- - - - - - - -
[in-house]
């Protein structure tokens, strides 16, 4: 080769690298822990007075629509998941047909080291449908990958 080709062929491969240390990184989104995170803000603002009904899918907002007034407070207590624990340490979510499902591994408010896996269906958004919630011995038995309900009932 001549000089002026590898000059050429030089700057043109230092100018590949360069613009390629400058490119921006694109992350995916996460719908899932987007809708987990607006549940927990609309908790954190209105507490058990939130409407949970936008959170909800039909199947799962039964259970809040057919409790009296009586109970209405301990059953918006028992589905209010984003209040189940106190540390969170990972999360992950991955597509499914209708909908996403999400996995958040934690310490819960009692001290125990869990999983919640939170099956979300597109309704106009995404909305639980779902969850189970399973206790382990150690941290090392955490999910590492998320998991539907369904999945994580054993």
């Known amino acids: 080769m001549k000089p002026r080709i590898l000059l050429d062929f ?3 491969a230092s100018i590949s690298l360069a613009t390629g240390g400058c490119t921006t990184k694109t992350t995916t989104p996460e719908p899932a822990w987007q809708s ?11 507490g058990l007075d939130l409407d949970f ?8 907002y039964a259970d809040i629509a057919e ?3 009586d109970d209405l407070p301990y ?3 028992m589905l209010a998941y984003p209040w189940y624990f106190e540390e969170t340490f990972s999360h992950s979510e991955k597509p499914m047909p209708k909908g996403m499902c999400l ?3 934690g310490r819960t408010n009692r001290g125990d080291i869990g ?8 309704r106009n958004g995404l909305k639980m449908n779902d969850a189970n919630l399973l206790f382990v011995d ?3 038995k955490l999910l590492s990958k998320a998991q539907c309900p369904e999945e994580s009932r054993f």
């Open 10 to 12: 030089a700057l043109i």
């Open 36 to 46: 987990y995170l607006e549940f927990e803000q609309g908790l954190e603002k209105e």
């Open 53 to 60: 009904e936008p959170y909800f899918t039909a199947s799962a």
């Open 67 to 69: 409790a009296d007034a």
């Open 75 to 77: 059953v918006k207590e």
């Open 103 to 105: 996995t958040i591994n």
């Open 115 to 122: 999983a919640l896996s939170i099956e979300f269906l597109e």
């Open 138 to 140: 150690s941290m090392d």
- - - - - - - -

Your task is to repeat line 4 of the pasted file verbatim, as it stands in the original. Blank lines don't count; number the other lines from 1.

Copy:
């Open 10 to 12: 030089a700057l043109i």